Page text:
In Twilight of Life, Civil Rights Activists Feel ‘Urgency to Tell Our History’

The oral historians’ camera turned on. Vivian Washington Filer looked up, facing the lens. After decades of waiting, here was her chance to set the record straight in Gainesville, Fla. — to share what it had taken for her and a friend to integrate an Alachua County doctor’s office in 1964.

“Today is April 4, 2019,” a University of Florida historian began, and as Ms. Filer, then 80, heard her name spoken, she looked straight ahead and smiled.

The people who marched and organized in their teens and 20s during the civil rights movement of the 1950s and ’60s, when segregation was legal and disenfranchisement widespread, are now in their 70s and 80s.

With every year, there are fewer surviving activists from that era, a monumental period of surging activism. It was one of the most consequential times in American history, mired in bloody beatings and deaths and remembered for the landmark laws that were passed in its wake.

While the experiences of the most prominent civil rights figures have been well documented, the perspectives of many of the tens of thousands who stood beside them have been shared in a much more limited manner, or gone unrecorded altogether. The movement, after all, transpired across the country, historians say, in thousands of communities like Gainesville.

Efforts to capture these activists’ oral histories have existed for decades in some parts of the country. But the coronavirus pandemic jolted historians into action. Many see the coming years as their final chance to collect testimony from those who were never quoted in articles or named in history textbooks, even though they had dedicated their youth to seeking justice.

“A lot of people my age who fought for freedom, there is so much we know that others won’t because our stories are dying with us,” Ms. Filer said on a recent afternoon. “So the urgency to tell our history is here and now.”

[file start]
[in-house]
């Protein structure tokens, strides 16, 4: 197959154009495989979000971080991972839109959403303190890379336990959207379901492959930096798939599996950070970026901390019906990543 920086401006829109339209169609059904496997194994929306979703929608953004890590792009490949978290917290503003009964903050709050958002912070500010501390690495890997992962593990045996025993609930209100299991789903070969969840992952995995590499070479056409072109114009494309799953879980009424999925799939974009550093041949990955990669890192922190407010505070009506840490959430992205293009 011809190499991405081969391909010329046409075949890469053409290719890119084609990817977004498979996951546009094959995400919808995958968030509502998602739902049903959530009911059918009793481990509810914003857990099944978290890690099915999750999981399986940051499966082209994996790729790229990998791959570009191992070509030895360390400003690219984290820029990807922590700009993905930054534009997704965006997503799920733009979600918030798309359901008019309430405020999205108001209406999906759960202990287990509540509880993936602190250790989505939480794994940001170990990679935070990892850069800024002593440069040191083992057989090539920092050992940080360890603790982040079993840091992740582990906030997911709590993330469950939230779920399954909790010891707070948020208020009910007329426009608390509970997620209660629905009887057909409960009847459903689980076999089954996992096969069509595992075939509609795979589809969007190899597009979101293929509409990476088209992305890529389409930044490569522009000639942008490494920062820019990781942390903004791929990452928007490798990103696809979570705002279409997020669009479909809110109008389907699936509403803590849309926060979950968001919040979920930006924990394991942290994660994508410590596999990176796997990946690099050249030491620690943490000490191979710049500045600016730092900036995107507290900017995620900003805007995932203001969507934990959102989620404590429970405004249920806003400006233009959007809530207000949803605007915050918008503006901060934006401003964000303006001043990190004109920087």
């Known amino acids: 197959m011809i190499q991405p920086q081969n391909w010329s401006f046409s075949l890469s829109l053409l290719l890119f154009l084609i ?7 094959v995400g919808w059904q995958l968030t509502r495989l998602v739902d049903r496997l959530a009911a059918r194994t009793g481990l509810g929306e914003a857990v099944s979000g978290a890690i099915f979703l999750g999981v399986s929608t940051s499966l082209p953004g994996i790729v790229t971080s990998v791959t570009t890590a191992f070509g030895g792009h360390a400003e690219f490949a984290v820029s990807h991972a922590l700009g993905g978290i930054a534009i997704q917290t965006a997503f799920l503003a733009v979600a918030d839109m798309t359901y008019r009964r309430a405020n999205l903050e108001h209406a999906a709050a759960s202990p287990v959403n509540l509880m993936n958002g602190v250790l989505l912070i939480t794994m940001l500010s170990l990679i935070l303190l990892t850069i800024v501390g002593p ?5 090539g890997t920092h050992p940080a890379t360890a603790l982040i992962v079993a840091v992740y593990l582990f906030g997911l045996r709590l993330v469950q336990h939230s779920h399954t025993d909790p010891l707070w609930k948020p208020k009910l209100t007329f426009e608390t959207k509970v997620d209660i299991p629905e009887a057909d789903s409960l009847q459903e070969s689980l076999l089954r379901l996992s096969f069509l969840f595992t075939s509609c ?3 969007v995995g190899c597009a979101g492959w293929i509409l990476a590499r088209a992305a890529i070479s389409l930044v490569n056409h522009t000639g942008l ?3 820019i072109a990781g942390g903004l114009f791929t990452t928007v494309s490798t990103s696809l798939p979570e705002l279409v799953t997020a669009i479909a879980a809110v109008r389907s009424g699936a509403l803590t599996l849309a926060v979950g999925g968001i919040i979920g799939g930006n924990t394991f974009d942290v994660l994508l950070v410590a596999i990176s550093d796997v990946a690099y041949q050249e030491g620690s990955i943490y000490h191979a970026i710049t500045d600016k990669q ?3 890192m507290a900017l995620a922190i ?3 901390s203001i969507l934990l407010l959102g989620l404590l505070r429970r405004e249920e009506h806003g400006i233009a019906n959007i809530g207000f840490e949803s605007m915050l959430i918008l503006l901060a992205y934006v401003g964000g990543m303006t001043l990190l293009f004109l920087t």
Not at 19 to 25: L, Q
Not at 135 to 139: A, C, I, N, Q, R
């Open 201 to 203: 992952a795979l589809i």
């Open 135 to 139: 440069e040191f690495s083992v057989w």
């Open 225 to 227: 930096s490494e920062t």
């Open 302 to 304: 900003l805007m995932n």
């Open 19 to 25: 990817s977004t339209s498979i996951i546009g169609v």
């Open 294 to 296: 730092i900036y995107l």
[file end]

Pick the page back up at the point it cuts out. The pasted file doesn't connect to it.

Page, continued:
That urgency was felt by David Cline, a history professor at San Diego State University and one of the oral historians who was asked in 2013 to conduct interviews for the Civil Rights History Project. A joint initiative by the Library of Congress and the Smithsonian National Museum of African American History and Culture, it collects testimony from participants in the civil rights movement.

Professor Cline said he knew what he was up against: time.

He packed his tan suit, put on a collared shirt and traversed the country, racing to find local activists.

Professor Cline went to Chester, Va., he said, where Wyatt Tee Walker, a key strategist behind civil rights protests, waited for him in a nursing home, appearing “wonderfully present and strong” as he sat in his wheelchair, relaying stories. Mr. Walker died four years later, in 2018.

In 2016, Mr. Cline traveled to Santa Rosa, Calif., to interview Elbert Howard, whose wife warned the historian, “He is not well.” This was their last chance, she said, to record his story for posterity. Mr. Howard, who was known as Big Man and was a founder of the Black Panther Party in Oakland, Calif., died two years after the interview, at age 80.

“In the wider circles of the civil rights movement, there are so many people who are dying,” said Guha Shankar, who assisted Professor Cline and other historians with interviews and coordinated the project.

He estimated that a fifth of the 178 people interviewed for the project had died in recent years.

“There will always be too many people to count, but the best we can do is find as many as possible now, before it’s too late,” said Courtland Cox, 81, the former field secretary for the Student Nonviolent Coordinating Committee, a forceful civil rights group that gathered its power from young people and grass-roots organizing in the 1960s.